Children can get anxiety just like adults. Whether it is adjusting to the changes around the school year, or other changes, social anxiety, separation anxiety, or generalized anxiety disorder, it is important to recognize the signs of anxiety in children and know ho to support your child and help them cope.
It is important first to recognize the signs and symptoms of anxiety in children. The signs and symptoms of child anxiety come from a child’s “fight or flight” response to what their body perceives as danger even when there is no real danger. Some symptoms include:
- Acting “clingy”
- Not wanting to go to school
- Getting angry easily
- Short of breath or racing heart
- Upset stomach
Parents or teachers may notice some of these symptoms. Other symptoms, like feeling nervous or worried, only the child may feel.
If you recognize that your child is feeling anxiety on a regular basis, there are coping skills and tools that you can use to help them manage their anxiety when the symptoms are present. Here are some to try:
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- Don’t expect to eliminate your child’s anxiety: It is hard to see your child upset or worried, but know that you cannot expect to completely eliminate the triggers of their anxiety. The goal should be to help them learn how to manage their anxious feelings when they come up. This will help lessen their anxiety over time.
- Practice reframing: When children feel anxious, they feel helpless. When their anxiety hit they can slip into thoughts of doubt and “what ifs”. Working on reframing those thoughts can help an anxious child take back control over those thoughts. How can you change a worrying thought into a positive thought?
- Set goals: It is never too early to help your child learn to set and achieve goals. You can set daily, weekly, and monthly goals with their common triggers and stressors in mind.
- Be a good example: How do you respond to stress? Model healthy coping so your child can see that stress is inevitable, but there are healthy ways to manage it. Kid are so perspective and always watching. Be sure to set a good example.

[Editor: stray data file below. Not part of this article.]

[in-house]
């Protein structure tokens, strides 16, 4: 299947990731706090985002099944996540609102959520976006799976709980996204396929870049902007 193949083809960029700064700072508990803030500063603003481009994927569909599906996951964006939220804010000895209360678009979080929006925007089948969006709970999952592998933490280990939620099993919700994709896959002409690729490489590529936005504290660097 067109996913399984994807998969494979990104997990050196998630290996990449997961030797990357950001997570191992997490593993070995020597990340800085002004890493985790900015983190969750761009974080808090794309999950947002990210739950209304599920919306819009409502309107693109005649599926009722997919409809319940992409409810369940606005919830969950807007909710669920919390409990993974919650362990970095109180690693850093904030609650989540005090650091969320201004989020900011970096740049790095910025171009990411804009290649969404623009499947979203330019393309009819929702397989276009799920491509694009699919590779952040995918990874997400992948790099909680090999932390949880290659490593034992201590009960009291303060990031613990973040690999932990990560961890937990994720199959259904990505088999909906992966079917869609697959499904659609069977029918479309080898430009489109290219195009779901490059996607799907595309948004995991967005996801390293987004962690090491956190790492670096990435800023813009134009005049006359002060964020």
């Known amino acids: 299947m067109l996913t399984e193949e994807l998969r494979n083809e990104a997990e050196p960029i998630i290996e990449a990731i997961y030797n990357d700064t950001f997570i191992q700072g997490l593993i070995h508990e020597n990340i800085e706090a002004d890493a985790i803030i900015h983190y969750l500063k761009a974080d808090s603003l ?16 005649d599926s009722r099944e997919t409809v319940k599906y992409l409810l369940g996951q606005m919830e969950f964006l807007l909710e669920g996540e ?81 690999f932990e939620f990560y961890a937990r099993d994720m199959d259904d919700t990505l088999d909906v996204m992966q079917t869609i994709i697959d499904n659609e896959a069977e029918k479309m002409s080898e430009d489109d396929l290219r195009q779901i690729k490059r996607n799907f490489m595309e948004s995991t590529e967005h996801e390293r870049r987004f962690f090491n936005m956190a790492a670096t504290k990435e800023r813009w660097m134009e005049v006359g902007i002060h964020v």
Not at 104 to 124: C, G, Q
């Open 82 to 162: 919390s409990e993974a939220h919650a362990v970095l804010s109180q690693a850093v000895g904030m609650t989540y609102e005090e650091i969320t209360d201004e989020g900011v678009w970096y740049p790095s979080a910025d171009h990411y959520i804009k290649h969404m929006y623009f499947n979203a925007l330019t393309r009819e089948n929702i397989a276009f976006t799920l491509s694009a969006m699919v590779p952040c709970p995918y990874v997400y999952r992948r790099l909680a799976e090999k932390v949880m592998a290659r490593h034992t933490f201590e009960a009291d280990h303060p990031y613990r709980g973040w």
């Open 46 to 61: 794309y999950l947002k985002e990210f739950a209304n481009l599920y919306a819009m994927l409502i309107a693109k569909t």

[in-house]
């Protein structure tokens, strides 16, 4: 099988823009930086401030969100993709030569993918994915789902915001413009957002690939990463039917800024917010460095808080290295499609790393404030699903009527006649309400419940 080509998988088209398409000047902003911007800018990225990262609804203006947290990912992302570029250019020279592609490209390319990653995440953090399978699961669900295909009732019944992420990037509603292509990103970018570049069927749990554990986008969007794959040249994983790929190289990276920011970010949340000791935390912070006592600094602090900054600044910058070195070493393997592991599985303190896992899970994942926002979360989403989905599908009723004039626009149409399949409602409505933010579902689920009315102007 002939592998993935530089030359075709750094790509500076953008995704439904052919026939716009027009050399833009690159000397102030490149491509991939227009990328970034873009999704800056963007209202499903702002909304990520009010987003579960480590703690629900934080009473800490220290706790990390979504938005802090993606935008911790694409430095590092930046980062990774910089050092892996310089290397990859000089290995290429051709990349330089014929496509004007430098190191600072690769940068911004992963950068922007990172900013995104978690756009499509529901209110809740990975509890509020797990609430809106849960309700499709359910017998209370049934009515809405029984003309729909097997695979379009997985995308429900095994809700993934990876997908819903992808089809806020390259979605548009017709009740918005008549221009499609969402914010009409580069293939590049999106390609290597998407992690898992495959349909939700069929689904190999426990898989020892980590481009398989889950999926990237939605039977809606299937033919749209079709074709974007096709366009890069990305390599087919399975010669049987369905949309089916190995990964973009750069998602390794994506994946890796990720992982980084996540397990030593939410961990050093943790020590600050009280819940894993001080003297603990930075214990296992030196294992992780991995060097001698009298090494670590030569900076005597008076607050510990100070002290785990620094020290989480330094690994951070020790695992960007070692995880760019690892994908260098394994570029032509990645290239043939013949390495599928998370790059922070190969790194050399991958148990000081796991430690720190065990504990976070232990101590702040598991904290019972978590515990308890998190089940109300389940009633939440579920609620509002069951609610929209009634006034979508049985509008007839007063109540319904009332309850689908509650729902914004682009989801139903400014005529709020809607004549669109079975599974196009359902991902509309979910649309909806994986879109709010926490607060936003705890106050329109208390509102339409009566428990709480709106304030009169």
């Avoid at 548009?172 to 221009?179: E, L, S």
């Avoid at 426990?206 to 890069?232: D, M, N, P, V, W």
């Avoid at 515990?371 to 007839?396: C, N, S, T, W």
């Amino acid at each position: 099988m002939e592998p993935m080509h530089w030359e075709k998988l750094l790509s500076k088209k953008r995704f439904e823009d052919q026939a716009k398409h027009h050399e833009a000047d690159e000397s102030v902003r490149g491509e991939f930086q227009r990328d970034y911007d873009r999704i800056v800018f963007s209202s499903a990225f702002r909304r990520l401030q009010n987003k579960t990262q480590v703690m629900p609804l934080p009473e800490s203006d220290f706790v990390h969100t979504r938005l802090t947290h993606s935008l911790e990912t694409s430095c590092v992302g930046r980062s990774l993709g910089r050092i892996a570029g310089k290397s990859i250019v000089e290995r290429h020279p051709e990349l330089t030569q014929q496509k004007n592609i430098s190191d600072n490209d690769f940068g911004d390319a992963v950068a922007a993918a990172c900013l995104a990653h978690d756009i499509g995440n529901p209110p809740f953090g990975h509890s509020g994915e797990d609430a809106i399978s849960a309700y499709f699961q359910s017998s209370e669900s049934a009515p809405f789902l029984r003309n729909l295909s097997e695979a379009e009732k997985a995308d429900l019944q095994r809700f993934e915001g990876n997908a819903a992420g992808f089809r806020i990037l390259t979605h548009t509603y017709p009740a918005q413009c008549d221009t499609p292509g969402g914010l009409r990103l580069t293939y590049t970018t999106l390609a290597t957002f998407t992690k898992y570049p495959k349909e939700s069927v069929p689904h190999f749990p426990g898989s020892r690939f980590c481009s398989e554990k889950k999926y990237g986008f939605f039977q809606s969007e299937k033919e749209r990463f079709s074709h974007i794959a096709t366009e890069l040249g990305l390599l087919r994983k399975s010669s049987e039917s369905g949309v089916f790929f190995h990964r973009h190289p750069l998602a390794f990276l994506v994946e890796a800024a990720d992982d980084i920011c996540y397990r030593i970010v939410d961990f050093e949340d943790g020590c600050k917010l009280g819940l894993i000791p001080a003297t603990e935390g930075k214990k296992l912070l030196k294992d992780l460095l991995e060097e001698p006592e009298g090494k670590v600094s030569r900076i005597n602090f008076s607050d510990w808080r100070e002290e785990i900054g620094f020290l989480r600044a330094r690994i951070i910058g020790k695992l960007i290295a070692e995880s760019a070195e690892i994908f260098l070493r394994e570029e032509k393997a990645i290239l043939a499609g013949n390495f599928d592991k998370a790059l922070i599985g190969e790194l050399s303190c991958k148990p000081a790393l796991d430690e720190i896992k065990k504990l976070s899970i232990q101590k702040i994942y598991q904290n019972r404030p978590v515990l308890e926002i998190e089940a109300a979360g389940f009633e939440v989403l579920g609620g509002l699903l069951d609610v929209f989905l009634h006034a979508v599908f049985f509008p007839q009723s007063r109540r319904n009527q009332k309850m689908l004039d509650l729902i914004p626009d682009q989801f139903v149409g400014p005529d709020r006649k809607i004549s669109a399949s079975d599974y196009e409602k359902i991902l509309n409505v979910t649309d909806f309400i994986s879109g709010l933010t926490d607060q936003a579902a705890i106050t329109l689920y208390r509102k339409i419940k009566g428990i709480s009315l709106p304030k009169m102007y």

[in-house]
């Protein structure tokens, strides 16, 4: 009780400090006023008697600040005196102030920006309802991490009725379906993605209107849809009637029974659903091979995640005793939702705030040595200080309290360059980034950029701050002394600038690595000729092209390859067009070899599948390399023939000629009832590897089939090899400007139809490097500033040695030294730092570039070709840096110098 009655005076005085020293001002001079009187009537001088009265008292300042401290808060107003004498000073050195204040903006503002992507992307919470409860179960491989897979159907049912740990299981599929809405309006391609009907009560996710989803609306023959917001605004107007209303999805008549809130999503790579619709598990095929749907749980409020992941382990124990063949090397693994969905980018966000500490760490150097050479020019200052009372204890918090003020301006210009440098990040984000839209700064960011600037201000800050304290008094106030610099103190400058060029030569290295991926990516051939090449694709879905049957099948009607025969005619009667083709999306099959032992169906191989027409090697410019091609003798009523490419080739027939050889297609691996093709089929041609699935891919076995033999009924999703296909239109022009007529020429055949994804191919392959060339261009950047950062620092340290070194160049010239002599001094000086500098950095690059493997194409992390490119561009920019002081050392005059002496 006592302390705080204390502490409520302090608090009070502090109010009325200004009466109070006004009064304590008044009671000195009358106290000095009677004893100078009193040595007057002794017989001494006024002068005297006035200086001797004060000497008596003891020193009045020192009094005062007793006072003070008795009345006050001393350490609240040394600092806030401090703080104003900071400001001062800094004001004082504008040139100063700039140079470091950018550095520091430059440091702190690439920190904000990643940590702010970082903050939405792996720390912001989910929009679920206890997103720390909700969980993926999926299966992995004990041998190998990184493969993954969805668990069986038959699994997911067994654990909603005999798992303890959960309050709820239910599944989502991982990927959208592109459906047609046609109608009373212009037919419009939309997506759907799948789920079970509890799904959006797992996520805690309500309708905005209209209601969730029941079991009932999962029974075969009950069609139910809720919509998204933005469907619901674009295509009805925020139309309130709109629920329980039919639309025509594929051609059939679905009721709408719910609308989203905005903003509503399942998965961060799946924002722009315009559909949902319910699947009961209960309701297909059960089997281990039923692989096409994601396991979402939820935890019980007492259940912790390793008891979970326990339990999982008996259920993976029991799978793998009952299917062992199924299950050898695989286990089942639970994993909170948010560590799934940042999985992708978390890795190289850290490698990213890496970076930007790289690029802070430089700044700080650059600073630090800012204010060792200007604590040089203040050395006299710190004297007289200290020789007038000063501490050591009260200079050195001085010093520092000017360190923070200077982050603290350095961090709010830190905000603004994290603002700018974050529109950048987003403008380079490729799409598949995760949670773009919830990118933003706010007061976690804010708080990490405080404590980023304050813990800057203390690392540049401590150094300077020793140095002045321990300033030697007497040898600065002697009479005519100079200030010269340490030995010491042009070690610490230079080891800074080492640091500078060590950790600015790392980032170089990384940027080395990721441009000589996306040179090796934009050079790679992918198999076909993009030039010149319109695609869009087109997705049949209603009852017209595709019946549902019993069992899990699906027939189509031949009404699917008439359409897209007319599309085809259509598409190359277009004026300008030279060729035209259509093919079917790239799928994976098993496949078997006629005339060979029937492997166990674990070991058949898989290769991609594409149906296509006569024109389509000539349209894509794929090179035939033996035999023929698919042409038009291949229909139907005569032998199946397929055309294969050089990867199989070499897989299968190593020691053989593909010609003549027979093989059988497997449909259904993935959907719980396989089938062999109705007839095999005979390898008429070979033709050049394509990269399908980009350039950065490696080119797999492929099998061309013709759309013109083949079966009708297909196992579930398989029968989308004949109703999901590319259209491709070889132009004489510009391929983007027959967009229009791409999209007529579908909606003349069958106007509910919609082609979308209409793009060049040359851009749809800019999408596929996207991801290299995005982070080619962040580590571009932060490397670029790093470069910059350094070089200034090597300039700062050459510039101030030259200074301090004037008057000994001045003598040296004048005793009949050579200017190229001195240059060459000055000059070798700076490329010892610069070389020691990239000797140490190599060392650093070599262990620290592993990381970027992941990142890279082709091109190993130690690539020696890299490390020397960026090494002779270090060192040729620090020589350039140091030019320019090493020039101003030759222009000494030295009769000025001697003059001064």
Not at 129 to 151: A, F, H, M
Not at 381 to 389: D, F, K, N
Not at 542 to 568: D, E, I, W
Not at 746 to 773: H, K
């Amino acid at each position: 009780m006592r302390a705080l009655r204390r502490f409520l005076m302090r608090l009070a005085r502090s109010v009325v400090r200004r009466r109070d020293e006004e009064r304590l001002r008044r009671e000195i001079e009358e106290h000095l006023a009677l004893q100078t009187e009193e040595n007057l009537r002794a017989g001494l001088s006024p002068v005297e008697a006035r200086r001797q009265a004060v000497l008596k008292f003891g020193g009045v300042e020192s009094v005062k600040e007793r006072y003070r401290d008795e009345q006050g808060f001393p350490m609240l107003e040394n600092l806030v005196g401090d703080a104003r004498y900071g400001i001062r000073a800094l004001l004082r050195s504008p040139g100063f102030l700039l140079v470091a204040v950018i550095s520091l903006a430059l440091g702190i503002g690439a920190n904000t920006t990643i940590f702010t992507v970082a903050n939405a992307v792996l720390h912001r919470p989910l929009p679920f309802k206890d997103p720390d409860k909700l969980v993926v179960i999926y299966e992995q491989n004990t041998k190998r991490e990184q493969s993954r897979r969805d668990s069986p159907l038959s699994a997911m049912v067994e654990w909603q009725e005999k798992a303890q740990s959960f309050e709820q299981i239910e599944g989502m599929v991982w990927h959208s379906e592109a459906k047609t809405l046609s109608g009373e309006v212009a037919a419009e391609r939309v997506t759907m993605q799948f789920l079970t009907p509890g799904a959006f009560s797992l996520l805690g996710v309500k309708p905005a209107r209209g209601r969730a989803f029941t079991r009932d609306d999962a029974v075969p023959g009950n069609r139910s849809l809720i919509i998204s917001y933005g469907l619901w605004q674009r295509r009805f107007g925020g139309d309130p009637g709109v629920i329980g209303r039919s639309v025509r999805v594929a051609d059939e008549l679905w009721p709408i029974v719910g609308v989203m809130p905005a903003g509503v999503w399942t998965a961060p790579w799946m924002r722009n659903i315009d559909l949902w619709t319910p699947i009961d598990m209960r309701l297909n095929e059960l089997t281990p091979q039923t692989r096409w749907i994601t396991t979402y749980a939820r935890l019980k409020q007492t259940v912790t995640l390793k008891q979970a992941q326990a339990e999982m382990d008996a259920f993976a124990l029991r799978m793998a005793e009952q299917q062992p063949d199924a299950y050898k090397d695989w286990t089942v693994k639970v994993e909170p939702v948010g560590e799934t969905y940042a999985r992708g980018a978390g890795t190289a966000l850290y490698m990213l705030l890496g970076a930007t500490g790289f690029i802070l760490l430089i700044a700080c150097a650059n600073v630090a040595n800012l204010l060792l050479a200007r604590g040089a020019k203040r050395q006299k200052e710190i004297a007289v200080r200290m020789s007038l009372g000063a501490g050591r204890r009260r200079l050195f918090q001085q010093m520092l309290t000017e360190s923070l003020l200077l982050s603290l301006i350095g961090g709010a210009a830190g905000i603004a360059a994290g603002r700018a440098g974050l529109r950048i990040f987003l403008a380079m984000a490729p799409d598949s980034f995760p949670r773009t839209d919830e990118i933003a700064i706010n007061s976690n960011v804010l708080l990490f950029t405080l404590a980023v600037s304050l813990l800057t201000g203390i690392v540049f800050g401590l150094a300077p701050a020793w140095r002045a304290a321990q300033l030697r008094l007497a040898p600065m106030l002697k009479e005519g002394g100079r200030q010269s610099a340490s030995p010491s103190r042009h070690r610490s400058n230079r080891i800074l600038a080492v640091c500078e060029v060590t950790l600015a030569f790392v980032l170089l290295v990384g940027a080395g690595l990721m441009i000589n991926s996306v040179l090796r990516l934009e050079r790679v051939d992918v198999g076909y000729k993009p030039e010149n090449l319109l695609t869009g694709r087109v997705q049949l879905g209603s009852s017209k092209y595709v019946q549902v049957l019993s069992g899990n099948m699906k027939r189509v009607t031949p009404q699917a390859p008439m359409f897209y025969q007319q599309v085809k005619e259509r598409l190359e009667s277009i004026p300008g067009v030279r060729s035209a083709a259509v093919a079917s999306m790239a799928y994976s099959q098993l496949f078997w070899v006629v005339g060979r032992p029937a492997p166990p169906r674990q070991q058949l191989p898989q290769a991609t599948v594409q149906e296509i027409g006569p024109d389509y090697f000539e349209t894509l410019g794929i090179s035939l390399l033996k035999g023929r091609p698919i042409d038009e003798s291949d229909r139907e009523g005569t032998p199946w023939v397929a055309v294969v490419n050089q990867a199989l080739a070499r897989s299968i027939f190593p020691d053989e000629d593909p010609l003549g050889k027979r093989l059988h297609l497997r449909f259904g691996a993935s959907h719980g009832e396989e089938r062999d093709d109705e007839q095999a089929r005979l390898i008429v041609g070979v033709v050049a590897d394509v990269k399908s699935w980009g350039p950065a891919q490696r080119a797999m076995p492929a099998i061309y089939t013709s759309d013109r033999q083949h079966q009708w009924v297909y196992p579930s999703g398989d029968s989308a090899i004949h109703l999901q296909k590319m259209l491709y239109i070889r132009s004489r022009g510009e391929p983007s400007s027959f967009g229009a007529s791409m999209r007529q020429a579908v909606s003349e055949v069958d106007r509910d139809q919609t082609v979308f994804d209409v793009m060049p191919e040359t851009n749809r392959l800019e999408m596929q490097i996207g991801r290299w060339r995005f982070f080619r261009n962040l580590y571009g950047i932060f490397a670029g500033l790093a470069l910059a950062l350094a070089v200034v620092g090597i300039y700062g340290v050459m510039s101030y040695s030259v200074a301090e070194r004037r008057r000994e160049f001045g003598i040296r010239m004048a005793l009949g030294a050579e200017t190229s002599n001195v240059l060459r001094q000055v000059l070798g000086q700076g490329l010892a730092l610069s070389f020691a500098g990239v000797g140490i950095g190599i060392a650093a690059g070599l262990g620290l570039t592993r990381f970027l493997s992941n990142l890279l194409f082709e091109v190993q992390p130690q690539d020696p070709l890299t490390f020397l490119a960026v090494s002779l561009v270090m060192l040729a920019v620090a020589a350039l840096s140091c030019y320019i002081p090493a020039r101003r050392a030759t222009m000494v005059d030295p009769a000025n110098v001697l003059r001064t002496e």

- Find coping skills that work for them: Knowing your child and what works for them is so important. Not every coping method will work for every child. Test different ideas until you find what works best for your child. Some things to try include: using a stress ball, exercise, journaling, deep breathing, meditation, or talking to a therapist or counselor.
- Set them up for success: Be sure your child is eating healthy, balanced meals, getting enough sleep, spending time outside , getting exercise, and staying hydrated. While those won’t eliminate their anxiety, it will help them better cope with it when it arises.
- Take care of yourself: Having a child with anxiety can take a lot out of you. If you aren’t taking care of yourself first, you will not have the capacity to help your child. Be sure you prioritize your physical and mental health so that you can best care for your child.
- Get outside help when you need it: For you, your child, or the family as a whole, help is there when you need it. Don’t be afraid to utilize child and family therapy to help your anxious child manage their feelings.
Remember that everyone needs a little help sometimes. Whether for yourself, for your child, or for your relationship, there are seasons where it’s best to seek outside help. We are here for you. We help people like you.
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